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Gonzaga forward LeeAnne Wirth shoots against Portland guard Haylee Andrews during the second half of the Bulldogs’ 75-43 West Coast Conference win Jan. 9 at McCarthey Athletic Center.

The Gonzaga women are working on their transition game.

With Saturday’s game against BYU scrapped by COVID-19, the West Coast Conference changed its schedule on the fly and sent GU to play at Portland on Sunday.

Tipoff is at 4 p.m. at the Chiles Center for a game that was originally scheduled for Feb. 6. The move creates an open weekend for both teams and a chance to play makeup games.

The loss of home games against San Diego and BYU is the team’s first major COVID-related setback since November, when GU’s home opener was scrapped because of coronavirus at Oklahoma.

That wasn’t the Zags’ fault; likewise with the games against San Diego and BYU, both of which are dealing with the virus.

The Zags, however, need to deal with the repercussions.

“Par for the course,” head coach Lisa Fortier said Friday after getting word of the schedule change. “We were prepping for one team, with one scout. Now we have to switch gears and move on.”

“They’re two very different teams,” Fortier said.

Fortunately, the 20th-ranked Zags (12-2, 7-0) can hop a plane for the short hop to Portland to play a team they thumped by 32 points just two weeks ago.

“Our most complete game of the season,” Fortier called it after a 75-43 romp at the Kennel. GU dominated every phase, shooting 50% from the field and owning the boards 43-21.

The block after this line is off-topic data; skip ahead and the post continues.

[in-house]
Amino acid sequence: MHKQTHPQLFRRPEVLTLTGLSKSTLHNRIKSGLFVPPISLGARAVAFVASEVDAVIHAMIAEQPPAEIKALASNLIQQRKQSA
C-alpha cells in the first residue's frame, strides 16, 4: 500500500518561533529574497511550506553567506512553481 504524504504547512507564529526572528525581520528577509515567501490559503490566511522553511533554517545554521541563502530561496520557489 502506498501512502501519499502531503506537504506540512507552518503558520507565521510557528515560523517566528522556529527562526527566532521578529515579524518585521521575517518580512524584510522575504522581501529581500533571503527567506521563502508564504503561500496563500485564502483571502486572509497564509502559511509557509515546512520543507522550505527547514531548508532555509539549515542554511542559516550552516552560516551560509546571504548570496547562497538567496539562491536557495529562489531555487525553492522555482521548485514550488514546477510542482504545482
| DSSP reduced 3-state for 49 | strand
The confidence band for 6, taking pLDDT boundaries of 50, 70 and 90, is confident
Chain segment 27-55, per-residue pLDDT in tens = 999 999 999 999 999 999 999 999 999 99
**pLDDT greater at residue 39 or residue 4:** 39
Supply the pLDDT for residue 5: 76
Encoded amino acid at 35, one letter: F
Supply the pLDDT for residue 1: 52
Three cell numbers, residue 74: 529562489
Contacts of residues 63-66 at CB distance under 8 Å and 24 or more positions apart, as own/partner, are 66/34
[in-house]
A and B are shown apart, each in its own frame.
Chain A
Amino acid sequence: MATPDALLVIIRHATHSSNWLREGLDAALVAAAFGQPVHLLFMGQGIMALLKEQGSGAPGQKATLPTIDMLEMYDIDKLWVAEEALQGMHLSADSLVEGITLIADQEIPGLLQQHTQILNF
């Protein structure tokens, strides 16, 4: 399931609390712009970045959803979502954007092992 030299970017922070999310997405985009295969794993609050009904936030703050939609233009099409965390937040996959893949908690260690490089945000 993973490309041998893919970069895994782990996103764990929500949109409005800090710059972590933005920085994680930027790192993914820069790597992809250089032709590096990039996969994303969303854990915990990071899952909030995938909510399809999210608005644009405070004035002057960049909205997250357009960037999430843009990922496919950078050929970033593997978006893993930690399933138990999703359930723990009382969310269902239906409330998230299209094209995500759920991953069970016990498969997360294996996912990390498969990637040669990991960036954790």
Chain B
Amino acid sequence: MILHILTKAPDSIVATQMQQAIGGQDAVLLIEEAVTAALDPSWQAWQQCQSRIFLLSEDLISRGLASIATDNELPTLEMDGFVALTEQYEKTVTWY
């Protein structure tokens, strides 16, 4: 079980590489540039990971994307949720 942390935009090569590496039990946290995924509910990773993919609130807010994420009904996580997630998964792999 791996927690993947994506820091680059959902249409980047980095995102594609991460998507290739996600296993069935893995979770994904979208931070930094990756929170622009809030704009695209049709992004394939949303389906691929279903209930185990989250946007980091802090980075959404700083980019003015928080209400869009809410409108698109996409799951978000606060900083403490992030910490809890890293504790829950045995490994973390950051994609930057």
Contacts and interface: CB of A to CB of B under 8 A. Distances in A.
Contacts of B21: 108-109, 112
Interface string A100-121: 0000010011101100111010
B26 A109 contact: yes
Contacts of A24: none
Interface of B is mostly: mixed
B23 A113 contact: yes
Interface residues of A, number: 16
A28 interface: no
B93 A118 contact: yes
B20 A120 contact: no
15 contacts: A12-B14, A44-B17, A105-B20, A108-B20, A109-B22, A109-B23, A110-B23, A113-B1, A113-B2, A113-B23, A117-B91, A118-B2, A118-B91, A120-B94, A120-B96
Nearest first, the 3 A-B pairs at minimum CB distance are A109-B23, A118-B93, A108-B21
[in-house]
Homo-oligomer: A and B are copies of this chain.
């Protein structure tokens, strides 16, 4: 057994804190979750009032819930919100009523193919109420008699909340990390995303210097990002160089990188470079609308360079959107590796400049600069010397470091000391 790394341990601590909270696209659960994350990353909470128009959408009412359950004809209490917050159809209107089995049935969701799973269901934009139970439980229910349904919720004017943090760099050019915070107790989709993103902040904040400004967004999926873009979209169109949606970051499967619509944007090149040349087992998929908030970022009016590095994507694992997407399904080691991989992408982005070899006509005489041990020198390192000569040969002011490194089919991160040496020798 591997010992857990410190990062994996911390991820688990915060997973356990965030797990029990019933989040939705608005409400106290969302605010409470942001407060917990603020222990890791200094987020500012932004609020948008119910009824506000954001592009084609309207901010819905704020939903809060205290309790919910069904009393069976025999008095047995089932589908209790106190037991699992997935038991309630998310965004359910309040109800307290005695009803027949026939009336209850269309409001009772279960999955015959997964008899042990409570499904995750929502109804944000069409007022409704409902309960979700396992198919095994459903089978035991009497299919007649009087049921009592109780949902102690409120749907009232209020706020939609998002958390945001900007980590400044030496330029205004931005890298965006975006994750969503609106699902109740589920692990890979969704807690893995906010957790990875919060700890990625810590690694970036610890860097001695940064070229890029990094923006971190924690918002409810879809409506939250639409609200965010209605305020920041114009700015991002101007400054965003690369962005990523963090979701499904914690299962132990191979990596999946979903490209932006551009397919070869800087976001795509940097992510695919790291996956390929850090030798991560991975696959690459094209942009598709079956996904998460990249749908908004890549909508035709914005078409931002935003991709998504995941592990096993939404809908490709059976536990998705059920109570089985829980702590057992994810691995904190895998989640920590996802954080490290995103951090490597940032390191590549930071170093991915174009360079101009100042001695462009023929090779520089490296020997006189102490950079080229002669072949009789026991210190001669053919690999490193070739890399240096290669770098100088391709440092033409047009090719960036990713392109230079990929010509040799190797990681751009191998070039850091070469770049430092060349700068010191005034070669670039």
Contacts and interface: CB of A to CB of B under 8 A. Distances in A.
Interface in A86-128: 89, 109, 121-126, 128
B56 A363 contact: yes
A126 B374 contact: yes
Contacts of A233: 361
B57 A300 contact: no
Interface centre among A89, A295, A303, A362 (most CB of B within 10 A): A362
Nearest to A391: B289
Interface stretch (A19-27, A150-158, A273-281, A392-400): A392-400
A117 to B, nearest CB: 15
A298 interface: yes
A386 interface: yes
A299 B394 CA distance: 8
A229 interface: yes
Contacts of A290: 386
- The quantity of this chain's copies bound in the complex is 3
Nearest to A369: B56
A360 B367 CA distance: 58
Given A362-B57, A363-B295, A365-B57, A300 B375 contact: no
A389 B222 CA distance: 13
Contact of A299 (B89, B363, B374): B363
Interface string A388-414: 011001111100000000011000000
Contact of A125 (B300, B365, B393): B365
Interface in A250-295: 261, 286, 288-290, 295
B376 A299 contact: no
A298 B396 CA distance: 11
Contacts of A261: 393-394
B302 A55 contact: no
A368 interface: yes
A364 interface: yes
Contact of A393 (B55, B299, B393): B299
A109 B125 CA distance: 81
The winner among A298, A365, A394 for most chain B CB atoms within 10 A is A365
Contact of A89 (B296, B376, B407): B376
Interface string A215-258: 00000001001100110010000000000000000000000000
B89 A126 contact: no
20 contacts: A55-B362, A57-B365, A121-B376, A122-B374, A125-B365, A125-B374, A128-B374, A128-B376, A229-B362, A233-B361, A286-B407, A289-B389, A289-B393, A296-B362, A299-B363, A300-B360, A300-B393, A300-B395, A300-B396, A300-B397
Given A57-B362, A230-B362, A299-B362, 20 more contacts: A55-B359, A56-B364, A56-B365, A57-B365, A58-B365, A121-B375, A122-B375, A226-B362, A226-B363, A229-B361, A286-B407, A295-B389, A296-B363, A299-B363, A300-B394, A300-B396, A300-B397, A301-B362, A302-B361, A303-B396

GU has won its past six games by an average of 22 points and hasn’t had a close call since a three-point win at Loyola Marymount in the conference opener on Dec. 28.

That doesn’t guarantee anything on Sunday. Case in point: Last season, GU beat Saint Mary’s in the Kennel by 27; three weeks later the Gaels made 14 long-range shots and handed the Zags their only conference loss of the season.

GU appears to be improving in other phases of the game, especially its half-court offense.

In the past four games, the Zags have dished out 79 assists; not coincidentally, they shot 54% during that span.

“They’re getting a feeling for what the right shots are,” Fortier said. “As assists have risen, our understanding of what is a good shot and a bad shot has risen.”

It helps to have three seniors in Jill Townsend and the Wirth twins, Jenn and LeeAnne. But perhaps the biggest factor is the maturation of sophomore point guard Kayleigh Truong.

In conference games only, Truong is averaging not only 7.6 points but 4.3 assists.

Stepping into a bigger role when Katie Campbell was injured, Truong played alongside Jessie Loera before inheriting the starting point guard spot when Loera graduated.

According to Fortier, Kayleigh and her twin sister Kaylynnne have grown “much more confident” after making the transition to the college game as true freshman.

For Kayleigh, that also means becoming more of a leader even though she’s two years younger than the other starters.

“I think I’ve improved in being more vocal, but I’m still very quiet,” Kayleigh Truong said. “I’ll always appreciate how Jessie brought us under her wing, always telling me to stay calm.”

Meanwhile, Portland isn’t the same team that played the Zags close in two regular-season games last year before shocking them in the WCC Tournament semifinals.

Following the loss at GU, the Pilots edged San Francisco by two, then fell by 19 at Santa Clara to drop to 7-5 overall and 4-2 in the WCC.

The Pilots are led by a pair of Australians.

Sophomore forward Alex Fowler, the WCC Newcomer of the Year last season, is averaging 15.2 points and 6.9 rebounds. Both are team highs.

Guard Haylee Andrews, a junior, averages 13.2 points and 4.4 boards.

Jim Allen can be reached at (509) 459-5437 or by email at jima@spokesman.com